If your basement floods or becomes damp during wet periods, first try directing rainwater away from the house by changing your gutter downspouts. If that does not solve the problem, a sump pump may be the solution.
There are two basic kinds of sump pump installations. If you have no drainpipes under the basement designed specifically for handling rainwater, then dig a hole at a low point of the basement and install a perforated pit liner (you may have to perforate it yourself using a 3/8-inch spade bit). Water under the basement will slowly percolate into the liner.
If your house has rainwater drainpipes, it probably also has a pit already dug for a sump pump, with a drainpipe running into it. Purchase a nonperforated pit liner and cut a hole for the drainpipe.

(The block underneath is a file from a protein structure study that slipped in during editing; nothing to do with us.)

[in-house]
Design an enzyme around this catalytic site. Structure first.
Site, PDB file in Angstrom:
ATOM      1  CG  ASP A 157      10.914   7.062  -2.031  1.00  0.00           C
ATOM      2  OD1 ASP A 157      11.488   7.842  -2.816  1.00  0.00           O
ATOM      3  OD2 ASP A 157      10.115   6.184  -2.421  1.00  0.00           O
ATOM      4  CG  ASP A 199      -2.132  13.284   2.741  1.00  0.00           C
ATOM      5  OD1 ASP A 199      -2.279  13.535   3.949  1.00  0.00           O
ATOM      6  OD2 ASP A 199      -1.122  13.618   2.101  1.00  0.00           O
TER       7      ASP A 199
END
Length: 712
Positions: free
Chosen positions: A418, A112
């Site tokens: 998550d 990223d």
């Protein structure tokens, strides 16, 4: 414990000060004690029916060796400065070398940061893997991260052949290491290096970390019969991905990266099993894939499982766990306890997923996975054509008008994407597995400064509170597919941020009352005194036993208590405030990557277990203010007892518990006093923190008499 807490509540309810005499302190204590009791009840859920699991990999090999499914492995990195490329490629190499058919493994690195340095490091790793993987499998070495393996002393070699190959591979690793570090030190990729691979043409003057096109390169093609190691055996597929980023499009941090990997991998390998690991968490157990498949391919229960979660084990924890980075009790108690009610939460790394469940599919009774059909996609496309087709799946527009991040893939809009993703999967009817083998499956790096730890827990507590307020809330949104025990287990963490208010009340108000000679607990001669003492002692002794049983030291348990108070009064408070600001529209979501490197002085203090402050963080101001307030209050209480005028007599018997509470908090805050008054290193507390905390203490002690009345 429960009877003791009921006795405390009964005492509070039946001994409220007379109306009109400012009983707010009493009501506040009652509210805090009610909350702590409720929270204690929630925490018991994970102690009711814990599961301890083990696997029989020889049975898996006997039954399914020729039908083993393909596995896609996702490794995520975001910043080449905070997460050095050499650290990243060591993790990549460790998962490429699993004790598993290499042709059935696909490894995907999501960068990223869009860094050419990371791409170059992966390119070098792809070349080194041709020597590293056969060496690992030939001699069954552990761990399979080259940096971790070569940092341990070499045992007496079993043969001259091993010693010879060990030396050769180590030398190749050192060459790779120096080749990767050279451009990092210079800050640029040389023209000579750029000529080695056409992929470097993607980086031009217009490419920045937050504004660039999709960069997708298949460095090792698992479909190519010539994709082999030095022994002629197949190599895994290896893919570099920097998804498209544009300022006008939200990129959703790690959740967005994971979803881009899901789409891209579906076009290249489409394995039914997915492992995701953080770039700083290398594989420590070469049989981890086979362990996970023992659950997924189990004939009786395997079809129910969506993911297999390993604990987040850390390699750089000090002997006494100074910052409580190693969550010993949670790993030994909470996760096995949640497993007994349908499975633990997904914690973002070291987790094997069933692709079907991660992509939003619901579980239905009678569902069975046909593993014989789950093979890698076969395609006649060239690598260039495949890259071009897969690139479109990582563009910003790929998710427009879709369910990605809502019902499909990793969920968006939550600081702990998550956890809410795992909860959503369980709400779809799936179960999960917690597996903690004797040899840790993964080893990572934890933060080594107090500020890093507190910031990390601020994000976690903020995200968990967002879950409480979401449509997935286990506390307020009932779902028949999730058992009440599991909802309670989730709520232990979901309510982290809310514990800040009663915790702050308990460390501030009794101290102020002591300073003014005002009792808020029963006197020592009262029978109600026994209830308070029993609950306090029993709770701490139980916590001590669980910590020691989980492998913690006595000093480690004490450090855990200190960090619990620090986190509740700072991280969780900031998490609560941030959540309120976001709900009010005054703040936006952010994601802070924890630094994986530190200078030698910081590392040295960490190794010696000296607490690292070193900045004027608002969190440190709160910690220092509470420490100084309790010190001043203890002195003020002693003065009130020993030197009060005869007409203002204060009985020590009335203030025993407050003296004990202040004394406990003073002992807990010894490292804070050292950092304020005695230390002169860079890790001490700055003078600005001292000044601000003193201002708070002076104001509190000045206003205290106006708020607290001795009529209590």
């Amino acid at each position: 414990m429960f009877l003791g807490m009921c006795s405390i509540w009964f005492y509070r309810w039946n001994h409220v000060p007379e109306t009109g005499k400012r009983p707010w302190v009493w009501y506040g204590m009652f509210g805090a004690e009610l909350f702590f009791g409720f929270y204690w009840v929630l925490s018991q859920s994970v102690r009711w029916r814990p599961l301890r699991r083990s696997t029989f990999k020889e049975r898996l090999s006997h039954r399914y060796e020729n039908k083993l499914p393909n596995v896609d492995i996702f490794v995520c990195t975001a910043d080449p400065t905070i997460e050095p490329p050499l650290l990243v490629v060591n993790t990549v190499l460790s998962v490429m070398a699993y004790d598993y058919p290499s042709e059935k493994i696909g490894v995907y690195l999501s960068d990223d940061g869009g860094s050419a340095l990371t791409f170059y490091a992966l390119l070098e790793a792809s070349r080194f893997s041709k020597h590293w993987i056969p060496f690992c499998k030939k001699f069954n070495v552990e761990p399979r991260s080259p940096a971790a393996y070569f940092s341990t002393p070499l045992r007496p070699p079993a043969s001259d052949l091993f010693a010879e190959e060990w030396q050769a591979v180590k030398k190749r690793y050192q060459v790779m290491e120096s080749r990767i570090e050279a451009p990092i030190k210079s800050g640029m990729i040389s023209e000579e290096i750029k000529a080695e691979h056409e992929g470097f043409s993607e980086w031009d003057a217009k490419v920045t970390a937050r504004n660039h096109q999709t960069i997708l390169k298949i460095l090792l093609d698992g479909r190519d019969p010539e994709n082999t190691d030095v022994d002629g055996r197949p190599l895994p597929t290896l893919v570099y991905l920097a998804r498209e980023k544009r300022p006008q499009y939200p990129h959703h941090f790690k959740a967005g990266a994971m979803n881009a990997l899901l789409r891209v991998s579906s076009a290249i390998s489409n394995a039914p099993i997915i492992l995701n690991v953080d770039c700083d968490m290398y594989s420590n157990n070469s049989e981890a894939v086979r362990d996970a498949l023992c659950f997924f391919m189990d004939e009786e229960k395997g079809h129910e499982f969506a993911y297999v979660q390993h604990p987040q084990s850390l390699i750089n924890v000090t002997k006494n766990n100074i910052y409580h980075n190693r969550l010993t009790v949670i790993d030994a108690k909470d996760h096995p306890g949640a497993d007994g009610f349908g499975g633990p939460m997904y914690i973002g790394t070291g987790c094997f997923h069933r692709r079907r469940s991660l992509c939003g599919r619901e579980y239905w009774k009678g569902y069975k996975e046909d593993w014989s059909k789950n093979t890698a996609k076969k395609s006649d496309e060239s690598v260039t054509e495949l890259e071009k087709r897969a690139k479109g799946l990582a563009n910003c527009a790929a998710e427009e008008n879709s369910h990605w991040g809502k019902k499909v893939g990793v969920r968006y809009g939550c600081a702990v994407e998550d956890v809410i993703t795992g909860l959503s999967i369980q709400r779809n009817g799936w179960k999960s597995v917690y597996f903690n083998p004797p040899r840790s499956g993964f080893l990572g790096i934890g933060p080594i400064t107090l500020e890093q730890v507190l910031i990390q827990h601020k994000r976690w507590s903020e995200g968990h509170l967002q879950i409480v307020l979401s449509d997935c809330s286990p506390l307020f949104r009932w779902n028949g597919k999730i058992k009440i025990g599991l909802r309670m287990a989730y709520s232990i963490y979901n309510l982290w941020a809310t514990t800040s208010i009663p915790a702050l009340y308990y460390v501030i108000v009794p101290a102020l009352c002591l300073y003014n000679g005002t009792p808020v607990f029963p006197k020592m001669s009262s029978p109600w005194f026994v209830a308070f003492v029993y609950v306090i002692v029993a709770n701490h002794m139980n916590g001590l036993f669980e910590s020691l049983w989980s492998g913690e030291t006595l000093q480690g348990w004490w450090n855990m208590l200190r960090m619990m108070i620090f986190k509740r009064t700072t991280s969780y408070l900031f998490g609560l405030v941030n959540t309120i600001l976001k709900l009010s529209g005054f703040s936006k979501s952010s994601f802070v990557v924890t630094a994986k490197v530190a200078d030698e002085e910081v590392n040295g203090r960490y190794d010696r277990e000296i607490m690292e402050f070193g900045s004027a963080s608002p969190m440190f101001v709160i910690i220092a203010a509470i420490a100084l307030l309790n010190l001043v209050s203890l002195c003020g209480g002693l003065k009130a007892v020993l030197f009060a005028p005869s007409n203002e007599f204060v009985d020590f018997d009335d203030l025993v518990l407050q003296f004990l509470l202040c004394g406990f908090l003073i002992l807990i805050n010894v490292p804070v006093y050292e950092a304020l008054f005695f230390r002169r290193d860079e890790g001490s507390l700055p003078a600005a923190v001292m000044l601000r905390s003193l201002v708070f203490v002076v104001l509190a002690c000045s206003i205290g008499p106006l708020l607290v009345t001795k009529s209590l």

A wise add-on is a rechargeable battery backup unit, which will power the pump if a heavy storm causes a power outage. A pump-failure alarm is also a good idea.
About half a day
Sledgehammer or electric jackhammer, cold chisel, drill, masonry bit, spade bit, hole saw, PVC saw, torpedo level, screwdriver, groove-joint pliers
Basic carpentry skills, cutting and joining PVC drainpipe
Locate a low spot where the pump won't take up usable space; if necessary, install a GFCI receptacle
Sump pump, pit liner, PVC pipe, primer, cement, check valve
Use the pit liner to mark the right-size hole to cut in the basement floor. Using a masonry bit, drill a series of holes along the perimeter. (A concrete basement floor is usually 3 inches thick.) Chip out the concrete with a sledgehammer and cold chisel or an electric jackhammer.